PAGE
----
Habeas Corpus gone, Geneva Conventions optional. HOW IT AFFECTS GUN OWNERS?


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DerringerUser
October 20, 2006, 09:22 PM
http://onegoodmove.org/1gm/1gmarchive/2006/10/your_words_are.html

I know what you're thinking, but i consider this a threat. Responsible gun owners and NRA members can be targeted and help political prisoner without a trial or a hearing. We should all be on the same page here, "Those who would give up a liberty to purchase a little temporary safety deserve neither liberty nor safety" -Ben Franklin. This is pretty much the same thing as gun control, were giving up our liberty to purchase temporary safety, if any.

Thoughts?

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Marshall
October 20, 2006, 09:28 PM
My gosh man, a little green man in a saucer might visit you in your sleep tonight too. :)

Hazzard
October 20, 2006, 09:30 PM
http://www.thehighroad.org/showthread.php?t=228834&highlight=habeas

DerringerUser
October 20, 2006, 11:13 PM
FBI agents are green now:what: ?

Tommygunn
October 20, 2006, 11:23 PM
:banghead:
These measures are intended for use against terrorists. Yeah, yeah, I know: it can be used against others too, just as the RICO ACT, designed for use against the mafia has found its way into other aspects of law enforcement.
One of the legitimate purposes of government is to protect its citizens. And that is what this is supposed to be doing.
Could it eventually be used against us, by a Hitlery regime, or some future administration a la Enemies Foreign and Domestic??? Yes, I suppose so; historically, one has to admit of the possibility.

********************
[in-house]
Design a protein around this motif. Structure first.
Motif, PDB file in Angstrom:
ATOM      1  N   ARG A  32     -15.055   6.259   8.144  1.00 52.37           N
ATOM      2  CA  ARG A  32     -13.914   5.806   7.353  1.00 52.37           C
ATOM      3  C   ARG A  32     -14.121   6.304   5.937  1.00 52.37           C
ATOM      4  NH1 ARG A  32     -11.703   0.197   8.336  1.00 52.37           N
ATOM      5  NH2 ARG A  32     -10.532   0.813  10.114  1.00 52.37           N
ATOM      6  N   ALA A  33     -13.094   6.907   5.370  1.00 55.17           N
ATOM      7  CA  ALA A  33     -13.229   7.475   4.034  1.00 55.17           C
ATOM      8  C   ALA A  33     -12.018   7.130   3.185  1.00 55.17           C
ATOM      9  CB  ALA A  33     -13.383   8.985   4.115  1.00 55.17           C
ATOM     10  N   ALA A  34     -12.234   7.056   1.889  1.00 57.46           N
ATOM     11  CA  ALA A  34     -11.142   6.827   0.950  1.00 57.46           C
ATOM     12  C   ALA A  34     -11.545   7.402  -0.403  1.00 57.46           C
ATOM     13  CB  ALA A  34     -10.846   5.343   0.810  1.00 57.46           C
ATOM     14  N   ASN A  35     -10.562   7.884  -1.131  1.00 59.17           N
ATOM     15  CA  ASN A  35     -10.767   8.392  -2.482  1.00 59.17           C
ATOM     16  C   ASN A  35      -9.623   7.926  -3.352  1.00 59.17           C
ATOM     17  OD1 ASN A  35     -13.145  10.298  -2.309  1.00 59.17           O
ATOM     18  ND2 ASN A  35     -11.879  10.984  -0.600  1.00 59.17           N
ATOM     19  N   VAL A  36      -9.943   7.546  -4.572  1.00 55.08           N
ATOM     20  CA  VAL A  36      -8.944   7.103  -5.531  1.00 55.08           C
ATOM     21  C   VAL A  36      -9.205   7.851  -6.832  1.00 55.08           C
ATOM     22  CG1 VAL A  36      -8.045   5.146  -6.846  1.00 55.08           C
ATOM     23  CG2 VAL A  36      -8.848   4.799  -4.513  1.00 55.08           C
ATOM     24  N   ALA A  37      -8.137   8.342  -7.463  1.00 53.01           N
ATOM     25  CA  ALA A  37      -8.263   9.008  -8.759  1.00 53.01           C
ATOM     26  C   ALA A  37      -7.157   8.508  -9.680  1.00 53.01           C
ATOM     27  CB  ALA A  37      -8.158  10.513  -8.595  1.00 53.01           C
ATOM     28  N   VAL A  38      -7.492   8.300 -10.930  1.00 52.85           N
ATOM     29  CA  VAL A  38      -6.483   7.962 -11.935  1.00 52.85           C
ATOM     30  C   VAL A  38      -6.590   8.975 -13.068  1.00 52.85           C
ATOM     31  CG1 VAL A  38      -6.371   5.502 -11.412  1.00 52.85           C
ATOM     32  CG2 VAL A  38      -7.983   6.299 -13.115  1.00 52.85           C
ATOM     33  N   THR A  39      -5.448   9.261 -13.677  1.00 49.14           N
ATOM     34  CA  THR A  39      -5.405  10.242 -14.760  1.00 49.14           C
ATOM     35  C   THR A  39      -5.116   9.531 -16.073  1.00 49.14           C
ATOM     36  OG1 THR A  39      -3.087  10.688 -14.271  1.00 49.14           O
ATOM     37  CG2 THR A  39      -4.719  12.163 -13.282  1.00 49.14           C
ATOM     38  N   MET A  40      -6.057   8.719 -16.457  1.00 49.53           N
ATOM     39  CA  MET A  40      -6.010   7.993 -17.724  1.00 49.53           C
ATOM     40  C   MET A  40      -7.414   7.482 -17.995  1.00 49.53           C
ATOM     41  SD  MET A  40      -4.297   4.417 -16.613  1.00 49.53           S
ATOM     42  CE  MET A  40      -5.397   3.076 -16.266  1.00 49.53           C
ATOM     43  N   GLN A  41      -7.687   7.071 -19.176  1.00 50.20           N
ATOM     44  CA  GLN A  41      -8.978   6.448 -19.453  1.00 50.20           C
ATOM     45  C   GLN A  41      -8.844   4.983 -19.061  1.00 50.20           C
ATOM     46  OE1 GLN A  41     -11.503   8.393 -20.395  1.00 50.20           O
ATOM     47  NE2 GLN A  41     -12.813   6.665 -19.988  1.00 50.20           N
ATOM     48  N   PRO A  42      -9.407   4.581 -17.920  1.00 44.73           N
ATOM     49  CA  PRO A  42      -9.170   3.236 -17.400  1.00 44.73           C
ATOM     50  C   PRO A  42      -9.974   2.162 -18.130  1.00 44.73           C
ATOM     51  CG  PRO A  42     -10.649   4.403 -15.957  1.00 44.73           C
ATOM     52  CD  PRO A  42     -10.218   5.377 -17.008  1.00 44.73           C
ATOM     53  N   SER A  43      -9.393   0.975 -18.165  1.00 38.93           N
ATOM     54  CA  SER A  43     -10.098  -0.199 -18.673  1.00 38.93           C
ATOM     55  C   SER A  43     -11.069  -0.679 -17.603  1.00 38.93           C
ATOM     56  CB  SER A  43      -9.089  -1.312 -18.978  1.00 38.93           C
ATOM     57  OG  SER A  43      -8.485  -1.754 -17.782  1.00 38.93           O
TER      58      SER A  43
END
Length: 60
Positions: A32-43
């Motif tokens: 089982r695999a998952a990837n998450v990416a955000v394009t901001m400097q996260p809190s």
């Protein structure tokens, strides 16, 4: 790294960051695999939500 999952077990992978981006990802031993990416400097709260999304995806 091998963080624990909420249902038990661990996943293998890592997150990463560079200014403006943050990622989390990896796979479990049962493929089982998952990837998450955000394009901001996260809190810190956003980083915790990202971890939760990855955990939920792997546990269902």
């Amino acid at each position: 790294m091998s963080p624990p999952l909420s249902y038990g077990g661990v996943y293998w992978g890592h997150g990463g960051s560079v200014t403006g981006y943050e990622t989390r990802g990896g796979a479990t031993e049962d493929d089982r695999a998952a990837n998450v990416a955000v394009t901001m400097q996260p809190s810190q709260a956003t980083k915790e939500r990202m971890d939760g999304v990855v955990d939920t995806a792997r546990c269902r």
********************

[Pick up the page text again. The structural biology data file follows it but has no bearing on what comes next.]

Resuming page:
Can we fight one war at a time? We're mucked up in Iraq, Afghanistan is getting iffy again....how many fronts can we fight at once?
To paraphrase Confucius, we are "living in interesting times."

STAGE 2
October 20, 2006, 11:43 PM
So you are relying on a blatantly biased talking head who has zero legal experience to make your decisions for you. Real swell move if you ask me.

As for the act itself, there is no possible way that a US citizen would be subject to its provisions. It specifically excludes citizens from the jurisdiction of the tribunals.

Here's a question for you. Did you bother to actually read the act itself or are you basing your opinion on the statements of others?:scrutiny:

Marshall
October 20, 2006, 11:47 PM
FBI agents are green now

If you're a US citizen and seeing them because of this, more than likely so. ;)

gc70
October 21, 2006, 12:23 AM
P.T. Barnum was right.

Critter183
October 21, 2006, 12:26 AM
Most people here would be ****ting pyramids if Bill Clinton had this tool in his arsenal.

Well the good news for you folks that think this is an OK power for the prez to have, is that Hillary or some other dem may have that power in a couple of years. Does that give you a warm fuzzy?